My roommate/best friend recently downloaded Bumble BFF in hopes of finding a new friend. At first, I was confused and a little jealous. I angrily thought, “Aren’t I enough?” when she showed me her matches with cool, new prospective friends. Then I realized my roommate and I had hung out almost exclusively with each other for an entire year, and then it made sense to me. Of course she wants new friends—being around the same 5 people for the past 365 days has been exhausting. Neither of us are essential workers, and we both sit at a computer all day.
To be honest, sometimes we run out of things to talk about, let alone things to do.
I have slightly more socialization than her, since I’m in school and see my Civic Media cohort three times a week, albeit via Zoom. Being in grad school has introduced me to so many amazing people; I would even go as far to call my cohort my friends, which is wild considering I’ve only met one in person. My definition of friend has definitely expanded while the people I see with any frequency has shrunk monumentally.
Me, at a bar for the first time in a long time.
Still, I miss being able to hang out with groups of people in cramped bars without the fear of contracting or transmitting a virus. However, that hasn’t been a reality for me in over a year. I’m a bit nervous for things to go back to “normal”, and I’m not alone.
The American Psychological Association recently polled participants, asking how nervous people are for reopening. They found that nearly half of all participants polled are anxious about adjusting to in-person interaction. While social interaction has never been difficult for me, I’ve grown accustomed to having class conversations in a virtual setting. Grad school, to me, has only existed on a screen with only a handful of opportunities to be on campus.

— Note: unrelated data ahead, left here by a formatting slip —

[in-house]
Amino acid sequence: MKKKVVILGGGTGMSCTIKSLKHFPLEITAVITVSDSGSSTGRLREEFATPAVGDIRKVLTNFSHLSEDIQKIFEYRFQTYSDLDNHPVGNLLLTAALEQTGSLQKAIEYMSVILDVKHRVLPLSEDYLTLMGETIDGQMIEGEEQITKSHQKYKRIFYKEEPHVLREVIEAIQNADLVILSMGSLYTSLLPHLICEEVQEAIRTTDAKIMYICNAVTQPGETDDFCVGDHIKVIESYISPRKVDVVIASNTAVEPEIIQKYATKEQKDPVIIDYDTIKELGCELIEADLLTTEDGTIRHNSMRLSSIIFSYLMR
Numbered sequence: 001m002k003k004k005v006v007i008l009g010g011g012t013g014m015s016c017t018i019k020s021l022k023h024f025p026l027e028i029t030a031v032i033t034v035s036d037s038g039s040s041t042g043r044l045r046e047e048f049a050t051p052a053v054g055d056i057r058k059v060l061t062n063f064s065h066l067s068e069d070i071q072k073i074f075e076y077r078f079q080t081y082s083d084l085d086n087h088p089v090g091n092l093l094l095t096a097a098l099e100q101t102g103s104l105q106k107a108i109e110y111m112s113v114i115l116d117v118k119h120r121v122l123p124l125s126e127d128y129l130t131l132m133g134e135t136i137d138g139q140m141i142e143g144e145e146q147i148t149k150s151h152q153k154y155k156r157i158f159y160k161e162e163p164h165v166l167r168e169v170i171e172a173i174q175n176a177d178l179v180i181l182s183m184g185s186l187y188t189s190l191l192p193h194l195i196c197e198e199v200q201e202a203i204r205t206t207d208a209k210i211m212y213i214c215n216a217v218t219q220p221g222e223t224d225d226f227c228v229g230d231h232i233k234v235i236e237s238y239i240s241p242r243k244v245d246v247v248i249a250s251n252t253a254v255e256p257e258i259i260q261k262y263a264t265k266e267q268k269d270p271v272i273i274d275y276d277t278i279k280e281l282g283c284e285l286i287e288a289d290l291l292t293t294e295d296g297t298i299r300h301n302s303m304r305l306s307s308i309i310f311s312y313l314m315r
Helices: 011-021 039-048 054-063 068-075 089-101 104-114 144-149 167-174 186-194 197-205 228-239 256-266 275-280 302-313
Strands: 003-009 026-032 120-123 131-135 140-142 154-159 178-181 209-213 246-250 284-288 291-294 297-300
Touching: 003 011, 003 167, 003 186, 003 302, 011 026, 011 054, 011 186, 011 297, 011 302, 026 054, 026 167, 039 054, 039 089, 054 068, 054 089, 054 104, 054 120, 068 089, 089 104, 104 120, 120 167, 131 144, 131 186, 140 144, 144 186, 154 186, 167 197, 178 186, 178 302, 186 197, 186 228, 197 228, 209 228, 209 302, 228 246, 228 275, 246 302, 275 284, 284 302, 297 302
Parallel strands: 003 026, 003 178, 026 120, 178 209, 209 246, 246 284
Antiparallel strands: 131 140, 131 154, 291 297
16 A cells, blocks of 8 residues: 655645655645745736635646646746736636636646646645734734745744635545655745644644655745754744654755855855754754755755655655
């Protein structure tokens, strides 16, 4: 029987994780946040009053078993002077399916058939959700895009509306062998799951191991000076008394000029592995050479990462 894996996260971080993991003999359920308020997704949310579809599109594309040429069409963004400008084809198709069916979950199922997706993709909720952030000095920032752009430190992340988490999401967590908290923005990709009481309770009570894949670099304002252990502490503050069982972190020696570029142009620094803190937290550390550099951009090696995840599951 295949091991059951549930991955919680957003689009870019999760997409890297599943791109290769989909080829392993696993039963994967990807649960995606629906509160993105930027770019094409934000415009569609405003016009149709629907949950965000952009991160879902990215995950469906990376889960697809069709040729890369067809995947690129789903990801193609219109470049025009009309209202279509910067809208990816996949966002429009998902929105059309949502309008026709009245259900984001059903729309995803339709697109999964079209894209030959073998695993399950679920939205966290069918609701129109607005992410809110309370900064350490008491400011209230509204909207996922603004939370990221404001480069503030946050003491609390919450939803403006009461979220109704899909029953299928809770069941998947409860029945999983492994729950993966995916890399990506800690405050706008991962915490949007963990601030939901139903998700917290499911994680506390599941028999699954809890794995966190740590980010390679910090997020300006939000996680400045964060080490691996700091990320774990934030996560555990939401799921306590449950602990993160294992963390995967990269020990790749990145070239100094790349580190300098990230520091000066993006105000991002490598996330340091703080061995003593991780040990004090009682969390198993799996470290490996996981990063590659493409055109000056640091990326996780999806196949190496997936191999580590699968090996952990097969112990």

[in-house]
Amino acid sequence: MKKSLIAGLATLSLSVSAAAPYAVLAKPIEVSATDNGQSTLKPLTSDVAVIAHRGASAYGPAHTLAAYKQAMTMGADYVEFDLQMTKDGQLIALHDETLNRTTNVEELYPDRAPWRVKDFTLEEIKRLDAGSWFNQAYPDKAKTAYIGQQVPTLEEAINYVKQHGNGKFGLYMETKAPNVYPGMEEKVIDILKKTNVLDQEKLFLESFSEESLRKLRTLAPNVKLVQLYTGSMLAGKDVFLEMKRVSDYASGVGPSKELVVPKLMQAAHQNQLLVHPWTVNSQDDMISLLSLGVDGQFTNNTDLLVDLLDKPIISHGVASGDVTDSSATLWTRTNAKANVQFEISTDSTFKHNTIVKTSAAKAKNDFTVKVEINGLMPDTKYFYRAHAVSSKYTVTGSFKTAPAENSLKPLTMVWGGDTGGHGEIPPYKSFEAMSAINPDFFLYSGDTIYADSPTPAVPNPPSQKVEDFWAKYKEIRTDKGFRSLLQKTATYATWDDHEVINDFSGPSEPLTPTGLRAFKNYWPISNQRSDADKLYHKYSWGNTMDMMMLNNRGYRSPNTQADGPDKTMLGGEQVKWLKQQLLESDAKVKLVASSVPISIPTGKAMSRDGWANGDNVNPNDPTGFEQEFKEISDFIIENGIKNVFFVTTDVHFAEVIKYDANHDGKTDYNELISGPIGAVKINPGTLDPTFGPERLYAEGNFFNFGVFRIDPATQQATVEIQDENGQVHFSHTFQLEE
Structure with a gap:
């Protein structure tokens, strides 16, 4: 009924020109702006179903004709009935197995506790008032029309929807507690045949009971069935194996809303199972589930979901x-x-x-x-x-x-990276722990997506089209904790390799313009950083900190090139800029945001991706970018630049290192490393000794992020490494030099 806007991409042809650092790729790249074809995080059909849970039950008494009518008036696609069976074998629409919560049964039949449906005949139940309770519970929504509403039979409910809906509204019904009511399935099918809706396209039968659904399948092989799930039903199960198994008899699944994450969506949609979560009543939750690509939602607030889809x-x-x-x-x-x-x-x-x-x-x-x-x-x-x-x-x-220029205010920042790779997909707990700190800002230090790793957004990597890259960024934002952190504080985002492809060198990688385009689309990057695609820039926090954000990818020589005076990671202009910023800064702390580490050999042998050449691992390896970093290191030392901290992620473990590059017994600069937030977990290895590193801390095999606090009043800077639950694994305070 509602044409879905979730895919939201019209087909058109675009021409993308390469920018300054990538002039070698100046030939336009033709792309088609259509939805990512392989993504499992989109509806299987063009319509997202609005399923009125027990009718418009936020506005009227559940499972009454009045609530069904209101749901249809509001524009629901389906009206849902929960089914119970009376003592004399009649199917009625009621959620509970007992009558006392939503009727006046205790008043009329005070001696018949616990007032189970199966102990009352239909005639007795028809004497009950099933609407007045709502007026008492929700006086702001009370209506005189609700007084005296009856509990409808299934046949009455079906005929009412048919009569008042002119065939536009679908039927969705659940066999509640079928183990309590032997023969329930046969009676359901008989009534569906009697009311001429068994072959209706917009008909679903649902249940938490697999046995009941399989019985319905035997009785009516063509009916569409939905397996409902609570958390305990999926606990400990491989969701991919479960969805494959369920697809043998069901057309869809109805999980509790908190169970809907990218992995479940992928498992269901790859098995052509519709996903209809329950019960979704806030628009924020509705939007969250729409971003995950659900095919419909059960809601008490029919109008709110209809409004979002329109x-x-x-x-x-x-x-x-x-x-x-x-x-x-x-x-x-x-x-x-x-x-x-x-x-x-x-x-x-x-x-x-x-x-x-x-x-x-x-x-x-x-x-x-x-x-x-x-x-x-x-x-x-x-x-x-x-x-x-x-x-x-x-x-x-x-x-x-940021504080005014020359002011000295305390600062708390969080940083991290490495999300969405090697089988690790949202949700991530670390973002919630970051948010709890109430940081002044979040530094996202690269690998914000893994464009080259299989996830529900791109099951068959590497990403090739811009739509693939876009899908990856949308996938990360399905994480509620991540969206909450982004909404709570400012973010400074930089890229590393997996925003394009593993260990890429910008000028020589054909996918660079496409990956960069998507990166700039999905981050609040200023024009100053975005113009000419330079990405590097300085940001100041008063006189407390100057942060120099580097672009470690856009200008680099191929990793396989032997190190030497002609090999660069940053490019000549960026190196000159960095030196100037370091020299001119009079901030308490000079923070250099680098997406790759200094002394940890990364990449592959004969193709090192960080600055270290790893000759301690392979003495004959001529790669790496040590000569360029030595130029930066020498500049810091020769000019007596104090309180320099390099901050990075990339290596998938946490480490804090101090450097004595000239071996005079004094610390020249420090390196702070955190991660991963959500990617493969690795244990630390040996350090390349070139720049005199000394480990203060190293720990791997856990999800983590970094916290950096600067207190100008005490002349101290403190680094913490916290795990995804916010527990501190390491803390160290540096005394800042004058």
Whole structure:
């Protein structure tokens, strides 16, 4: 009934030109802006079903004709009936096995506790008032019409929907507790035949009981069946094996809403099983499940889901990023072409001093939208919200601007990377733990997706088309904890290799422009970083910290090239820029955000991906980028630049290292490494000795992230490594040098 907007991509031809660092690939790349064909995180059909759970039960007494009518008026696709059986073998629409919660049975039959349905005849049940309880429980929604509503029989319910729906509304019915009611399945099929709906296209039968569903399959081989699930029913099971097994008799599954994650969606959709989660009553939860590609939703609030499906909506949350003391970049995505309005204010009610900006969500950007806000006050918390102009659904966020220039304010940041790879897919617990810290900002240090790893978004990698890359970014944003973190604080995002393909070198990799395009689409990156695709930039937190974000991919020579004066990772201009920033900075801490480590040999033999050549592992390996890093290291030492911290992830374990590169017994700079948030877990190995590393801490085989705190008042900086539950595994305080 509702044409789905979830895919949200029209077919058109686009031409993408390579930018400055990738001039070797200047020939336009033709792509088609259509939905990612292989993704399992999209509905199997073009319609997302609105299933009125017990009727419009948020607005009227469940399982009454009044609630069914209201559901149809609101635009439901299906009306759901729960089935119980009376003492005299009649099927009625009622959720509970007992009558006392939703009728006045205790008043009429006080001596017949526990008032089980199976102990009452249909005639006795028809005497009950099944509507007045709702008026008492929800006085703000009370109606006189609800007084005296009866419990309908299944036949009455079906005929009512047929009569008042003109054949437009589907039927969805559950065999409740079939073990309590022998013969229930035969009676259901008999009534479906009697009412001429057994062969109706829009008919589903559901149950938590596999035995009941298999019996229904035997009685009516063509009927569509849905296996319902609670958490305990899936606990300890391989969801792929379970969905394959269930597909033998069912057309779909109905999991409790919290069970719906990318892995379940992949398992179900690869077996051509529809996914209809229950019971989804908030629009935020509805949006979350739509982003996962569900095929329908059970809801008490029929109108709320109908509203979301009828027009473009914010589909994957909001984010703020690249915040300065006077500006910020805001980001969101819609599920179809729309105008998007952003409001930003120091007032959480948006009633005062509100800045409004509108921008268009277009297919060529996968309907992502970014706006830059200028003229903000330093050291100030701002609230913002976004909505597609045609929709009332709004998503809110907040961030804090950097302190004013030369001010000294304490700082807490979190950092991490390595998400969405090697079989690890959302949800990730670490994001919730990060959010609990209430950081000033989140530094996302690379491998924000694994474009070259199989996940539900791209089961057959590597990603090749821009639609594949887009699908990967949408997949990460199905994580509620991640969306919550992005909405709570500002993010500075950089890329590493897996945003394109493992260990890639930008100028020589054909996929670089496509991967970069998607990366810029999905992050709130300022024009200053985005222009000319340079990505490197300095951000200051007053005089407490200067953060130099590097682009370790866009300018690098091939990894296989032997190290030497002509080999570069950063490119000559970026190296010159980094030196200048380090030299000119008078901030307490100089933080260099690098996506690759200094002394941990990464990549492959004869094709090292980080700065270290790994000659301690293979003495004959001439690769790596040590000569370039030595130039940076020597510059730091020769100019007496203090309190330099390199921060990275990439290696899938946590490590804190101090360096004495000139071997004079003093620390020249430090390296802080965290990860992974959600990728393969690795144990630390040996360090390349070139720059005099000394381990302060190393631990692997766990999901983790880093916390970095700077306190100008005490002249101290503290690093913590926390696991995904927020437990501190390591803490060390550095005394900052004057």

According to the survey, 47 percent of people felt an increase in stress during the pandemic, 43 percent didn’t feel a difference in stress, and 7 percent said the amount of stress in their life has decreased.
I’d say I’m in the camp of those that feel more stress. Grad school and a pandemic will do that to a person.
A Stanford University study found that Zoom fatigue can be attributed to prolonged screen time, anxiety from watching yourself in that small corner of the screen, a lack of mobility, and working harder to read nonverbal cues.
I’ve gotten accustomed to living in a world where I interact with my friends almost entirely online. I’m worried I’ve lost a desire to go out as if I’m a middle-aged woman trapped in a 23-year-old’s body.
So, I’m making a new goal for myself to do something new and fun each week. Maybe that’s going on a walk in a different part of my neighborhood or going to view an exhibit—just something else to look forward to that’s not eating or Netflix.
Bumble BFF isn’t downloaded on my phone yet, but we’ll see what happens.
I’ll let you know how it goes.